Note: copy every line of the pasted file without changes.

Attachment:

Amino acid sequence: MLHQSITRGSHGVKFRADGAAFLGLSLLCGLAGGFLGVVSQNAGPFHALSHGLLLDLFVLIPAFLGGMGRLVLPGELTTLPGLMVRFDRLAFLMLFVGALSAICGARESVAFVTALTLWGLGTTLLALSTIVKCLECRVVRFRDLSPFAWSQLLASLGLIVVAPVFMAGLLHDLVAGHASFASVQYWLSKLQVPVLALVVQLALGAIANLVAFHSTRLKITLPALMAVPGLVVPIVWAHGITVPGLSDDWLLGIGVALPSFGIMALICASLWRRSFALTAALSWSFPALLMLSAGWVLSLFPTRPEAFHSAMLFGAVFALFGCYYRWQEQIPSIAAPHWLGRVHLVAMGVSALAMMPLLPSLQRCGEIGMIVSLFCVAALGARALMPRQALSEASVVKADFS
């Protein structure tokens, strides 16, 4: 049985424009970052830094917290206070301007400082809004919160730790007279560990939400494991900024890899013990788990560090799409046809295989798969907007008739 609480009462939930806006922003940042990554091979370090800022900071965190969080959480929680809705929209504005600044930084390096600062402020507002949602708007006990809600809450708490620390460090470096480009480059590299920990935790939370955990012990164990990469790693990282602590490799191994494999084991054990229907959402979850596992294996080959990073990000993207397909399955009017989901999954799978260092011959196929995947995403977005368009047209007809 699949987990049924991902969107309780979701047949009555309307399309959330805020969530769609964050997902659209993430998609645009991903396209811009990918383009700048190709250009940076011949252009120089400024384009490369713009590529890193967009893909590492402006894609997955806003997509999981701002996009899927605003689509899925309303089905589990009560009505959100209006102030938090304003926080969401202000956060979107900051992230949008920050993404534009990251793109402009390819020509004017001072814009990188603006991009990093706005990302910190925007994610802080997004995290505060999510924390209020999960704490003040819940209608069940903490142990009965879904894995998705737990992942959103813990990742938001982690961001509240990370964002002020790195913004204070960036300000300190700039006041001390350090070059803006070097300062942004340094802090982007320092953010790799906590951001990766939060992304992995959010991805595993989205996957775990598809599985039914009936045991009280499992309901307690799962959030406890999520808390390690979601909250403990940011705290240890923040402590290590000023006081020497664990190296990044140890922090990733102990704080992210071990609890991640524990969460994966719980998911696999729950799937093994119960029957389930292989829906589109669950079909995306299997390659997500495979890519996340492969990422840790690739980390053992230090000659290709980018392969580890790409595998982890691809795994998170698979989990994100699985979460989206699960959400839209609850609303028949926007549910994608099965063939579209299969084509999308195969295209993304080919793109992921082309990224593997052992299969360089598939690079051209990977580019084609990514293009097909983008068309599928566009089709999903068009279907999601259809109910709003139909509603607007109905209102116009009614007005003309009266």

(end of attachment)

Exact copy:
Amino acid sequence: MLHQSITRGSHGVKFRADGAAFLGLSLLCGLAGGFLGVVSQNAGPFHALSHGLLLDLFVLIPAFLGGMGRLVLPGELTTLPGLMVRFDRLAFLMLFVGALSAICGARESVAFVTALTLWGLGTTLLALSTIVKCLECRVVRFRDLSPFAWSQLLASLGLIVVAPVFMAGLLHDLVAGHASFASVQYWLSKLQVPVLALVVQLALGAIANLVAFHSTRLKITLPALMAVPGLVVPIVWAHGITVPGLSDDWLLGIGVALPSFGIMALICASLWRRSFALTAALSWSFPALLMLSAGWVLSLFPTRPEAFHSAMLFGAVFALFGCYYRWQEQIPSIAAPHWLGRVHLVAMGVSALAMMPLLPSLQRCGEIGMIVSLFCVAALGARALMPRQALSEASVVKADFS
């Protein structure tokens, strides 16, 4: 049985424009970052830094917290206070301007400082809004919160730790007279560990939400494991900024890899013990788990560090799409046809295989798969907007008739 609480009462939930806006922003940042990554091979370090800022900071965190969080959480929680809705929209504005600044930084390096600062402020507002949602708007006990809600809450708490620390460090470096480009480059590299920990935790939370955990012990164990990469790693990282602590490799191994494999084991054990229907959402979850596992294996080959990073990000993207397909399955009017989901999954799978260092011959196929995947995403977005368009047209007809 699949987990049924991902969107309780979701047949009555309307399309959330805020969530769609964050997902659209993430998609645009991903396209811009990918383009700048190709250009940076011949252009120089400024384009490369713009590529890193967009893909590492402006894609997955806003997509999981701002996009899927605003689509899925309303089905589990009560009505959100209006102030938090304003926080969401202000956060979107900051992230949008920050993404534009990251793109402009390819020509004017001072814009990188603006991009990093706005990302910190925007994610802080997004995290505060999510924390209020999960704490003040819940209608069940903490142990009965879904894995998705737990992942959103813990990742938001982690961001509240990370964002002020790195913004204070960036300000300190700039006041001390350090070059803006070097300062942004340094802090982007320092953010790799906590951001990766939060992304992995959010991805595993989205996957775990598809599985039914009936045991009280499992309901307690799962959030406890999520808390390690979601909250403990940011705290240890923040402590290590000023006081020497664990190296990044140890922090990733102990704080992210071990609890991640524990969460994966719980998911696999729950799937093994119960029957389930292989829906589109669950079909995306299997390659997500495979890519996340492969990422840790690739980390053992230090000659290709980018392969580890790409595998982890691809795994998170698979989990994100699985979460989206699960959400839209609850609303028949926007549910994608099965063939579209299969084509999308195969295209993304080919793109992921082309990224593997052992299969360089598939690079051209990977580019084609990514293009097909983008068309599928566009089709999903068009279907999601259809109910709003139909509603607007109905209102116009009614007005003309009266």